A Curriculum Vitae (CV) is similar to a resume, except it’s a lot more detailed. There are certain professions where it may go on for several pages, though it typically fills two pages and usually no more than three. In the United States, a CV is commonly used for academic, education, scientific or research positions. It’s also used when applying for fellowships or grants.
A CV is a detailed synopsis of a person’s background and skills, providing an overview of a person’s life and qualifications. It’s a very important marketing tool when searching for a job, as it is the first impression to a prospective employer. Just like a resume, it should be carefully constructed to showcase your qualifications and skills making you stand out as the premier selection amongst all the other applicants.
A CV elaborates on education and should include an extensive listing of professional history including all employment, academic achievements, credentials, publications, contributions or significant accomplishments. Some professions may include samples of work making the CV several pages long.
The optimum length of a CV is two pages and lists lifetime accomplishments in chronological order, including any awards obtained in high school or journal publications. For the United States, it includes a summary of educational and academic background and teaching, presentations, awards, honors, research experience, publications and affiliations. There are different versions for different types of positions which emulate resume styles.
To write your CV, first take stock of your abilities and interests so you’ll know which skills, achievements and values that you want to showcase in your CV.
Once you’ve done this, search for a suitable employer. There are several things to consider, such as the size and type of organization, the geographical location and the type of supervision you’re comfortable with. You’ll want to investigate the working hours, whether it’s daytime, evening or shift work or the potential of working from home. Salary and benefits are important considerations, so you’ll want to write down what’s important to you in this area. Travel time, work environment and position characteristics, such as opportunity for advancement or further training may be important to you, so if you’ve listed everything that you’re looking for, it’ll help to hone your CV and target the businesses that you’ll want to work for.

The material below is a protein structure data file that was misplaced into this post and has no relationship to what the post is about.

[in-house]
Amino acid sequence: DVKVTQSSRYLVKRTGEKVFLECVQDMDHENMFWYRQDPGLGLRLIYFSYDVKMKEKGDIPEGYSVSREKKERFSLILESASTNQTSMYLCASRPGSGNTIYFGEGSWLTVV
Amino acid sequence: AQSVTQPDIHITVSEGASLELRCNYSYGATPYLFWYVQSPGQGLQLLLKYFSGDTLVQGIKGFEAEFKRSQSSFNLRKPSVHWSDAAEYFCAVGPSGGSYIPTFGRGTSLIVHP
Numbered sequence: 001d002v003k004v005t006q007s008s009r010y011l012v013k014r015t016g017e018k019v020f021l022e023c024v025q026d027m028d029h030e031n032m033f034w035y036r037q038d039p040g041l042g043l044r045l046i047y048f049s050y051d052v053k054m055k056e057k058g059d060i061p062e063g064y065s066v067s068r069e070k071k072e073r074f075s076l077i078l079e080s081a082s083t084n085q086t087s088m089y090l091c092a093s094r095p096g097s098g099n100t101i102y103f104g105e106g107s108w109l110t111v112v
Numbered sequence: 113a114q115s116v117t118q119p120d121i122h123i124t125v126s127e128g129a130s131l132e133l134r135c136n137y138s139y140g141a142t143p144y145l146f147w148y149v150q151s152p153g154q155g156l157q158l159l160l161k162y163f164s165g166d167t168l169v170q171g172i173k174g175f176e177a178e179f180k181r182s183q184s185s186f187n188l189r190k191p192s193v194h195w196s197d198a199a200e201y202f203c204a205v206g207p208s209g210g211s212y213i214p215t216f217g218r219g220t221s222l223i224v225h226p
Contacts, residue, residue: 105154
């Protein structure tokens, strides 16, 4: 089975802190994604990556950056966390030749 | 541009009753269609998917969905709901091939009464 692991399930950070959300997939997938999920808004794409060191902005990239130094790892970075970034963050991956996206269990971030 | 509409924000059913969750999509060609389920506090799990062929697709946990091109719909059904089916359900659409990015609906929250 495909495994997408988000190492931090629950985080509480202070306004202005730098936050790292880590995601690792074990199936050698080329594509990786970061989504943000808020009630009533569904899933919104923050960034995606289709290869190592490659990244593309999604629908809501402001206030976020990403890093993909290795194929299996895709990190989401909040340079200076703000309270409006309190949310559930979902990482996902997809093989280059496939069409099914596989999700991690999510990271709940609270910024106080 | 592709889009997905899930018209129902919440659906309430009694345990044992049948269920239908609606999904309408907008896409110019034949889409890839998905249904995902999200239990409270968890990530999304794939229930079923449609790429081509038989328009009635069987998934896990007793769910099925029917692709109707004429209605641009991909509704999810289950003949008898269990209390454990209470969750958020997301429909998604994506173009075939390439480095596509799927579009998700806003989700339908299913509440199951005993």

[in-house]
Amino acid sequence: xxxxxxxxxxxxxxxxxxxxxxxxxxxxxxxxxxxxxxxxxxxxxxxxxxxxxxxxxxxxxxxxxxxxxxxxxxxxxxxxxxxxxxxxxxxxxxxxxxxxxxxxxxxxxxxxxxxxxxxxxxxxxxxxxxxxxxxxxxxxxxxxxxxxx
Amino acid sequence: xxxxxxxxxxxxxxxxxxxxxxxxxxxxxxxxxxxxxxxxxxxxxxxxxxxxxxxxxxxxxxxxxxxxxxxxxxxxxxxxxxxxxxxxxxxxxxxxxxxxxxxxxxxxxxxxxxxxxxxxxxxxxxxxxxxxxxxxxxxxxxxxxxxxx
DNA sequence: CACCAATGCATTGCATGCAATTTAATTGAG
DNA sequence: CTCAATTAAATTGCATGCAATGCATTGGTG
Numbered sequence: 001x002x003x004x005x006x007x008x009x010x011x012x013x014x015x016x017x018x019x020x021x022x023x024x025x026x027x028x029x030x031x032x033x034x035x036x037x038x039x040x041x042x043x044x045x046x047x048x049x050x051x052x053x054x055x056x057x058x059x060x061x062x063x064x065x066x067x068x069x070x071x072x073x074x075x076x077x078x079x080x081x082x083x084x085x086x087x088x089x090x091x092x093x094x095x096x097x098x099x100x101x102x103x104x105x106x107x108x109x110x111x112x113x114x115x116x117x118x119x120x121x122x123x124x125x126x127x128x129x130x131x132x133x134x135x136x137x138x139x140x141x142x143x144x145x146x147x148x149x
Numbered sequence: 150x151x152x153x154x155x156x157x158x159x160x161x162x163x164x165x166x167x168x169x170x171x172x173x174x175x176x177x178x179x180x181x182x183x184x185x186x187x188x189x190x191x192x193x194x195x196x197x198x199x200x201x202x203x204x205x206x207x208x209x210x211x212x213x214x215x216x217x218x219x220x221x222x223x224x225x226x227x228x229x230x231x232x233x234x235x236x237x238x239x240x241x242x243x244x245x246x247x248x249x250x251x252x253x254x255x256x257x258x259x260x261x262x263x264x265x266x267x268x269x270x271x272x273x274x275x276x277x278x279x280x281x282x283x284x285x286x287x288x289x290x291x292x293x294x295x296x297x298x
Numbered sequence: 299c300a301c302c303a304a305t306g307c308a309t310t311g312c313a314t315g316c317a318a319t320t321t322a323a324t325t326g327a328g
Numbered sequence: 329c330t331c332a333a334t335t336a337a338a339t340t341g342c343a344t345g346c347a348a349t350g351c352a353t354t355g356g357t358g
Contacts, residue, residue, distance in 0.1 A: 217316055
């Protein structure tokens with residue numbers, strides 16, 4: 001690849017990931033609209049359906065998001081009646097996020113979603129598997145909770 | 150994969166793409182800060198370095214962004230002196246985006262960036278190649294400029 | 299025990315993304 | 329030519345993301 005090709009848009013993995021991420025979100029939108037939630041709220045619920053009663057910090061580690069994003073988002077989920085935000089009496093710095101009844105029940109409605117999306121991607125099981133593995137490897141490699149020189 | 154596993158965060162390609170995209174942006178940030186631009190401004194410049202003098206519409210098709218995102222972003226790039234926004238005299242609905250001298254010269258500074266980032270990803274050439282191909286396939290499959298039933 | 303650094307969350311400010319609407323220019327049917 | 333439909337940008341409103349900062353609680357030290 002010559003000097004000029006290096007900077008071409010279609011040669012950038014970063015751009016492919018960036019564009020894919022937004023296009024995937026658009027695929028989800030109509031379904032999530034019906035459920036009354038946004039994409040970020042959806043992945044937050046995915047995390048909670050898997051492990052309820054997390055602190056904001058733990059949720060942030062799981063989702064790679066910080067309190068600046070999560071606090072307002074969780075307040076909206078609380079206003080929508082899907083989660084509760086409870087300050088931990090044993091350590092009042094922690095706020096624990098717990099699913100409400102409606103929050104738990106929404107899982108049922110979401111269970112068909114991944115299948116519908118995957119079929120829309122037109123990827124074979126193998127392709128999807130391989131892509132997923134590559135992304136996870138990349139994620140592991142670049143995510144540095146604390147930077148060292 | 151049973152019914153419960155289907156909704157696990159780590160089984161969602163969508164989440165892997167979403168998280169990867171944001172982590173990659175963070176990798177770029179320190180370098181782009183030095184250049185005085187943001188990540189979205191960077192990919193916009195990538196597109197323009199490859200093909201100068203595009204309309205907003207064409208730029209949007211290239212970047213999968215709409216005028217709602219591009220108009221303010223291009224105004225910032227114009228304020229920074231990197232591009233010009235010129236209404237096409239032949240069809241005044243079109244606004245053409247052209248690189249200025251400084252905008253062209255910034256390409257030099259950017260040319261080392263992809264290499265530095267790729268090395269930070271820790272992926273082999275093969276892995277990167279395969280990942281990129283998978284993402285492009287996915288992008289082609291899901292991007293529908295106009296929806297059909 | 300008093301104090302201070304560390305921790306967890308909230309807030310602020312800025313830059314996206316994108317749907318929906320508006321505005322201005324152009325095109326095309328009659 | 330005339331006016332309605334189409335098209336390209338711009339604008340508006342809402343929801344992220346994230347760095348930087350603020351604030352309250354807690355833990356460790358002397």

This brings us to the type of format you’ll choose for your CV. Like resumes, the CV uses a chronological, functional or combination style, as well as targeted or untargeted. Having said this, a CV should look like it was written directly to the individual to whom it is addressed, so you may need to adjust each CV slightly, depending on the employer that you’re sending it out to.
Once you’ve determined all you need to begin to write your CV, make sure that you use a clear font and that your CV is grammatically correct and free of spelling errors. Add any computer skills that you have under your summary of qualifications. Use clear, structured and concise language and keep your content relevant to the position you’re seeking. Use up to date information, and be sure that you include dates with your educational achievements and work experience. If you find that your CV is getting a little long, you can use bullets to minimize the word count. Remember that two pages is a good length, but shouldn’t be more than three pages.
When it comes to listing references, be sure to use ones that will work to your best advantage. Many supervisors or managers will be pleased to give you a reference, but you’ll want to choose ones that will speak the same language as the prospective employer. Your references should be ones that will make a good impression, be relevant to the job you’re applying for, and be able to vouch for your fine character, skills and experience.
A CV is a very important tool in your quest for employment and you would be well served to recruit a professional to help you. They’ll be able to sort through your information and arrange it in such a way that puts your best foot forward and gets you the interview that can win you the job.
More Sample Resume Writing Tips:
- Achievement Resume
- Background Check
- Best Resume Font
- Blank Resume Form
- Build A Resume
- Career Objective
- Chronological Resume
- College Resumes
- Combination Resume
- Common Resume Mistakes
- Creating A Resume
- Desirable Qualifications
- Difference Between CV And Resume
- E Mail Cover Letter